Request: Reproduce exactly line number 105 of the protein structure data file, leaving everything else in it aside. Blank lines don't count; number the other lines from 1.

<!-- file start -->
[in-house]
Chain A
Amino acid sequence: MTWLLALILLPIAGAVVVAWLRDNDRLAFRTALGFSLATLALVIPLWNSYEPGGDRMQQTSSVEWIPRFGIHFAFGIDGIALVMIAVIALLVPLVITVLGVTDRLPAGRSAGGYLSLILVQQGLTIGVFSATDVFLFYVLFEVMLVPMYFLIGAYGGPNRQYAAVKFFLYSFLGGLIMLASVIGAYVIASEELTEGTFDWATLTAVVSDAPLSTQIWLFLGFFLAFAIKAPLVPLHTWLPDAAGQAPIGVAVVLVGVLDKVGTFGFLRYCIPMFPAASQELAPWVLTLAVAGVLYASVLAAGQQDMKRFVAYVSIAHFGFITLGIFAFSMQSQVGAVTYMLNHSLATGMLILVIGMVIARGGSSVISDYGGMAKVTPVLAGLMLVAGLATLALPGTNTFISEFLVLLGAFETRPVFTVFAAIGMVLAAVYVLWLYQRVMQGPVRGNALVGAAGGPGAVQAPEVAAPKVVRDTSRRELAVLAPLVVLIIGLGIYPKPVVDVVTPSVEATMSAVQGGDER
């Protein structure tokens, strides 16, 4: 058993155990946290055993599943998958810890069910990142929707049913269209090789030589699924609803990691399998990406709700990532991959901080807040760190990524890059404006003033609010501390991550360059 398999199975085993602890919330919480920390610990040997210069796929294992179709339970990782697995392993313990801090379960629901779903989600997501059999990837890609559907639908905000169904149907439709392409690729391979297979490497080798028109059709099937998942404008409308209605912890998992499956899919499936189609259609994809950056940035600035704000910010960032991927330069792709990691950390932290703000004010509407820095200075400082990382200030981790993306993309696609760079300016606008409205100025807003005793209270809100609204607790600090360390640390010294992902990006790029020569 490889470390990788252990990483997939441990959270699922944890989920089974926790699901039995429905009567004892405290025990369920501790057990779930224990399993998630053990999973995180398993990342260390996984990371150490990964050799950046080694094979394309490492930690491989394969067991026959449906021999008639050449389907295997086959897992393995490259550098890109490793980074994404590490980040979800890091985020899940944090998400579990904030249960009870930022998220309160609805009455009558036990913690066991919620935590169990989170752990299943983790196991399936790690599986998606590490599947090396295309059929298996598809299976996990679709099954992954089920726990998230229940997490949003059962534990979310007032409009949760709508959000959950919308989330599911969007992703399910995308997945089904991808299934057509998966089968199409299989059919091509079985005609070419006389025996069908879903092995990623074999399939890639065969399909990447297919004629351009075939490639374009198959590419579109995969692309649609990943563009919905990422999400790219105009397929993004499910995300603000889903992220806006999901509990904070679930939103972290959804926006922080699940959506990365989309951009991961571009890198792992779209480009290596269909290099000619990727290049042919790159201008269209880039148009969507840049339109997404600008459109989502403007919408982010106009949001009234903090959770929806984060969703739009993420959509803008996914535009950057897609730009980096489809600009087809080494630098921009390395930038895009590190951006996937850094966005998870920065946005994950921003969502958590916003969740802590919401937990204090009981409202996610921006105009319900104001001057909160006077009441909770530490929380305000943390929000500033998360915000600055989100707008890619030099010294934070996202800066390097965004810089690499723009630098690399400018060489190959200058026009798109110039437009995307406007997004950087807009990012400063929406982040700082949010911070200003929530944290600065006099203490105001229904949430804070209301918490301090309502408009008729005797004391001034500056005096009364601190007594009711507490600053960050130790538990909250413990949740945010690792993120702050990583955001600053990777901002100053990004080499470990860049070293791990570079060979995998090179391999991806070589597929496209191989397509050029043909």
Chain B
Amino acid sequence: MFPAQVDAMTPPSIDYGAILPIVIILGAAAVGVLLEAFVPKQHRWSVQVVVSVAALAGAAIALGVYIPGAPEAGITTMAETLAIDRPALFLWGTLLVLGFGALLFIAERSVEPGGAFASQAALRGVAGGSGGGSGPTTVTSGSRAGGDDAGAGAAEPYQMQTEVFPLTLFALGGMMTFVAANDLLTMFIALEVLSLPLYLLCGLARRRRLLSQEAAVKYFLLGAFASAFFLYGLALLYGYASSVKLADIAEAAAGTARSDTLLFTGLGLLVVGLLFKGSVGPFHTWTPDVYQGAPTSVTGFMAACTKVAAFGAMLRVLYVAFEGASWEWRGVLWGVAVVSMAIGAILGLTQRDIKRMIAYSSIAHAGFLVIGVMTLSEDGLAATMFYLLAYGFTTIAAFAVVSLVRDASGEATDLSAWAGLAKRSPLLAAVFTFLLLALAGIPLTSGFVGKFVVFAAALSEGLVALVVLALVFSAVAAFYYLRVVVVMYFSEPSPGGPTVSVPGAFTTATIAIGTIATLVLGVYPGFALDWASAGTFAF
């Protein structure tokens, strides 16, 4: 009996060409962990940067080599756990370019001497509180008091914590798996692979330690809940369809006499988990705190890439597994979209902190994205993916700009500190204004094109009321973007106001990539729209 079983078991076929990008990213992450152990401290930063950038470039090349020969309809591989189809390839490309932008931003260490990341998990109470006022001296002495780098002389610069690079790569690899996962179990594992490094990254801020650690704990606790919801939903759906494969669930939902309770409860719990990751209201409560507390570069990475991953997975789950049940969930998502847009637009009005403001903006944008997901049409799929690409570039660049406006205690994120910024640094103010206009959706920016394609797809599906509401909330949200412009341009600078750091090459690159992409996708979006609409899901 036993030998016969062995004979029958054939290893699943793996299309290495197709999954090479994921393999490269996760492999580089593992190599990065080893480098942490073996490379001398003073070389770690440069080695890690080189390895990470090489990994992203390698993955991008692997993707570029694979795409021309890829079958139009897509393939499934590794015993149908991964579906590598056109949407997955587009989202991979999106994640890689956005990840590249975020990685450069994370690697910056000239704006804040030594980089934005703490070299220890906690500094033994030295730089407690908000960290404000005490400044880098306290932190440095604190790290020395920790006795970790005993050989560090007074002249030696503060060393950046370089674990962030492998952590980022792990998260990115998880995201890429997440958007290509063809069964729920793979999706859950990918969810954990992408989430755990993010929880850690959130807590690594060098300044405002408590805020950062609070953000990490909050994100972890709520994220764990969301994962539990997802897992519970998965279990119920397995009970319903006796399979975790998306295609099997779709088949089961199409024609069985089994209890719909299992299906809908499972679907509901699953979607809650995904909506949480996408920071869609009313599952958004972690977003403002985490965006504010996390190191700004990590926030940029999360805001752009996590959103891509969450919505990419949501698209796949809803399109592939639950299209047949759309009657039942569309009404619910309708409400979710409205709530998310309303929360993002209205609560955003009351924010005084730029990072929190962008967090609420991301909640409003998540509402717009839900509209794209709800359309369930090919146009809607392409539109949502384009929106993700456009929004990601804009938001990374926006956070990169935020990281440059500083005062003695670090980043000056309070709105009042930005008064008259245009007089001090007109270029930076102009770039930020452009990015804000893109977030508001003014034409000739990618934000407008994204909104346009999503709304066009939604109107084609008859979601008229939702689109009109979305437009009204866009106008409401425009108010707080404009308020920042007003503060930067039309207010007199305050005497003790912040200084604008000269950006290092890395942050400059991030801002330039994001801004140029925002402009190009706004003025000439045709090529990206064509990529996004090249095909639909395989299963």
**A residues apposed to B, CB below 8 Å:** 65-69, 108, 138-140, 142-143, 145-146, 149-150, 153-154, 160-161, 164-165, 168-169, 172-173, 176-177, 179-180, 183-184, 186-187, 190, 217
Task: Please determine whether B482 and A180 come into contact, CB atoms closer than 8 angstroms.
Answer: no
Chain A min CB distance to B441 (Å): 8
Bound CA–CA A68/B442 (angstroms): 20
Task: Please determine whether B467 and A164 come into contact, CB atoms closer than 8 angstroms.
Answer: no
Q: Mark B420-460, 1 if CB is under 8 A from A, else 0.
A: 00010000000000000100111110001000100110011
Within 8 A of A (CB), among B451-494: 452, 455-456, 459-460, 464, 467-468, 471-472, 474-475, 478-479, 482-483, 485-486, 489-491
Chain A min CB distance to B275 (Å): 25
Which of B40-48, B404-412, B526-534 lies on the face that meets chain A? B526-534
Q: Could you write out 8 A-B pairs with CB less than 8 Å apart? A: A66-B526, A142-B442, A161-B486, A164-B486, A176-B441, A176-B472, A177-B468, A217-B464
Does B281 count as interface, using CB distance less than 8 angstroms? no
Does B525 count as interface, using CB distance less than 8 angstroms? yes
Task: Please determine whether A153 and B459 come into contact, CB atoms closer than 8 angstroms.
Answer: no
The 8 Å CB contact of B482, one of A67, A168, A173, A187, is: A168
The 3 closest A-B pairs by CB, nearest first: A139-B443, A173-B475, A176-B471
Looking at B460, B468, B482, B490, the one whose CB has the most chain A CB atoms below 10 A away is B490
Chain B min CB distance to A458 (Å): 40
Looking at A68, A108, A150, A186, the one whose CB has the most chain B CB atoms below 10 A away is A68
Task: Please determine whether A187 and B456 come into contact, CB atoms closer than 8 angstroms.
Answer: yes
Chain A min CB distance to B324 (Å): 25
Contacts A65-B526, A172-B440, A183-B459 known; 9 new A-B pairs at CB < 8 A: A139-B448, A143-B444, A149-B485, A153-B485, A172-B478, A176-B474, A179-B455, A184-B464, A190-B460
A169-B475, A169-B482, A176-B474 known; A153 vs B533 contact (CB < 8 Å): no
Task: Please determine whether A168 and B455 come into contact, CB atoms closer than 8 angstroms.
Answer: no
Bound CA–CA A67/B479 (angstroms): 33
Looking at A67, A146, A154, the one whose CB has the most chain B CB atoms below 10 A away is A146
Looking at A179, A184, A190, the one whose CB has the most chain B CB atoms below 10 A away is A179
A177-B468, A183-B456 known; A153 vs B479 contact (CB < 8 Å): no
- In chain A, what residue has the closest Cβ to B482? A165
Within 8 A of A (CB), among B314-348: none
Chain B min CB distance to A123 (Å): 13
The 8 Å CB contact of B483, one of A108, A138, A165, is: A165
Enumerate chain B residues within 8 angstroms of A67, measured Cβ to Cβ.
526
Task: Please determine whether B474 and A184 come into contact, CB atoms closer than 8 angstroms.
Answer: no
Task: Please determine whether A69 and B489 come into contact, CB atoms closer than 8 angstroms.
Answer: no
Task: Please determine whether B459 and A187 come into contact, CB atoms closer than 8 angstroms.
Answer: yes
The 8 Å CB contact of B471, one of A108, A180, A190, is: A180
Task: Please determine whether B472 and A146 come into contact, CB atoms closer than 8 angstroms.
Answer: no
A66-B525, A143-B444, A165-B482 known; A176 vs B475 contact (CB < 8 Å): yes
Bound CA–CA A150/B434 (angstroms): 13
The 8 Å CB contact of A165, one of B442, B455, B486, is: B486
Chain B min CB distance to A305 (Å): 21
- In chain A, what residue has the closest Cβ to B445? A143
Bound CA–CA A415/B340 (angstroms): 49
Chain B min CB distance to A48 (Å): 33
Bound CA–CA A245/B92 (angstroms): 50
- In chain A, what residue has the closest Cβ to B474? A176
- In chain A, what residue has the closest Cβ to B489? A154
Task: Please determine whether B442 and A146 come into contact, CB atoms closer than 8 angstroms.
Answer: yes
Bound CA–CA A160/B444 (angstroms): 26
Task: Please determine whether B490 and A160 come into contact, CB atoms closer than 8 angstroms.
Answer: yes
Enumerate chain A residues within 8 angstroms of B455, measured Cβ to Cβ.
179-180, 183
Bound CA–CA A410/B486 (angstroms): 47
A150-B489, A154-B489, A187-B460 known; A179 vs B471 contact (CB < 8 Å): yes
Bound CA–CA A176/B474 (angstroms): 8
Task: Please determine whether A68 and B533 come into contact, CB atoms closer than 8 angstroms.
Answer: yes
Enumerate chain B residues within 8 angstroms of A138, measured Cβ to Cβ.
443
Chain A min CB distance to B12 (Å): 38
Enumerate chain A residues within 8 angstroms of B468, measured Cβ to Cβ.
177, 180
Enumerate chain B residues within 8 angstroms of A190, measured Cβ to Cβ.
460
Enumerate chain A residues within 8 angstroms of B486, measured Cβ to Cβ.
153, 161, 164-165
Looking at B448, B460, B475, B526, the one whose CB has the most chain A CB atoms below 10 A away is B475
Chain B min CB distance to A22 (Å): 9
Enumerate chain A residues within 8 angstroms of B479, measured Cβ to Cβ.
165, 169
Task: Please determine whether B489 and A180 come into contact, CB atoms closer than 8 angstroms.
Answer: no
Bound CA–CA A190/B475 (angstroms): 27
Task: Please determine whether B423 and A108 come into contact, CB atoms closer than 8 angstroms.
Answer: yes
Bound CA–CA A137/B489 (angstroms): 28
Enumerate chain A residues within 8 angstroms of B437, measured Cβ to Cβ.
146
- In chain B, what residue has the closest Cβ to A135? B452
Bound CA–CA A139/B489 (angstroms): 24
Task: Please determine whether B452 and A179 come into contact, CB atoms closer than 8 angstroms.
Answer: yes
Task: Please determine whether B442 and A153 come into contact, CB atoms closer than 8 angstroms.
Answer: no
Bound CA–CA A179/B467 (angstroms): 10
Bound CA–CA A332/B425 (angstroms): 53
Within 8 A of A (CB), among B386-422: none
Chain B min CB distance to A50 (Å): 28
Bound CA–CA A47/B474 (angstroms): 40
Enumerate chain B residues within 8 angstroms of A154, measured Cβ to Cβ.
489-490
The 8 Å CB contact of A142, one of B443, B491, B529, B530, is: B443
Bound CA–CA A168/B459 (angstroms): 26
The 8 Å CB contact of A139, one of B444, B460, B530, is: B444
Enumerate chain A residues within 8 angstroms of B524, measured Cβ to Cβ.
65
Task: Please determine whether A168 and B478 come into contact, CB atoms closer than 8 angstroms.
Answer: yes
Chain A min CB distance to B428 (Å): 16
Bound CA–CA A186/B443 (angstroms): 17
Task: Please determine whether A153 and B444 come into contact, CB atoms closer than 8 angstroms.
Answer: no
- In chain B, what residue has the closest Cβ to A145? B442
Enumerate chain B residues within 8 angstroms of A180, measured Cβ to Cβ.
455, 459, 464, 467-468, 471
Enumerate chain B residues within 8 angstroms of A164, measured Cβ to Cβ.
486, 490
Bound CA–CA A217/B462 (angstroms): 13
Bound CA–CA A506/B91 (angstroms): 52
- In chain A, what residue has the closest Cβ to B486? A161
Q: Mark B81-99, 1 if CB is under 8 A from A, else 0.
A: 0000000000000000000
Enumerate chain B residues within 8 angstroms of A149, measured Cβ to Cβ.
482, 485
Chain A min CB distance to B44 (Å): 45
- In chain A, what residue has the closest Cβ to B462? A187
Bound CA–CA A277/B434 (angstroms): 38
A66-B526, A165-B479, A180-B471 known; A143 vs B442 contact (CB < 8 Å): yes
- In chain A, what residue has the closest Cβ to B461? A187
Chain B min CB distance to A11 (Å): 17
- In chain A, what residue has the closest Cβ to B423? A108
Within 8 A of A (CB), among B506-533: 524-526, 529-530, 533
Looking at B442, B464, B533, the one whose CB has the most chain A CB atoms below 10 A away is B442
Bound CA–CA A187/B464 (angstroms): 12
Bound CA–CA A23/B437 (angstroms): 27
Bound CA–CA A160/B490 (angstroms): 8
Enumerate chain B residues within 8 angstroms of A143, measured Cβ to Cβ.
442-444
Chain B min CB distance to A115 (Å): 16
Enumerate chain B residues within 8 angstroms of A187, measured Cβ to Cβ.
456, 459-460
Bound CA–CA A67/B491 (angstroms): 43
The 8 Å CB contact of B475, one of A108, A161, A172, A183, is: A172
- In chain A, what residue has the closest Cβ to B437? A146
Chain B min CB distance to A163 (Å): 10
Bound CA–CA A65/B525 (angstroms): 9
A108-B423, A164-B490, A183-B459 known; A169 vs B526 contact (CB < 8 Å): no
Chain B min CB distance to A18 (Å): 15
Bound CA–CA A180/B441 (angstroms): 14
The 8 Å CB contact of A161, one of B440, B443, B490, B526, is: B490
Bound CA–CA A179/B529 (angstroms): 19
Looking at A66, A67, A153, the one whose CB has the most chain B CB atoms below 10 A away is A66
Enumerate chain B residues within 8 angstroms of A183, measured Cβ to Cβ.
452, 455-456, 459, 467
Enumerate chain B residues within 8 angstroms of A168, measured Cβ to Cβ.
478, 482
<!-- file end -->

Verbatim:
Bound CA–CA A179/B467 (angstroms): 10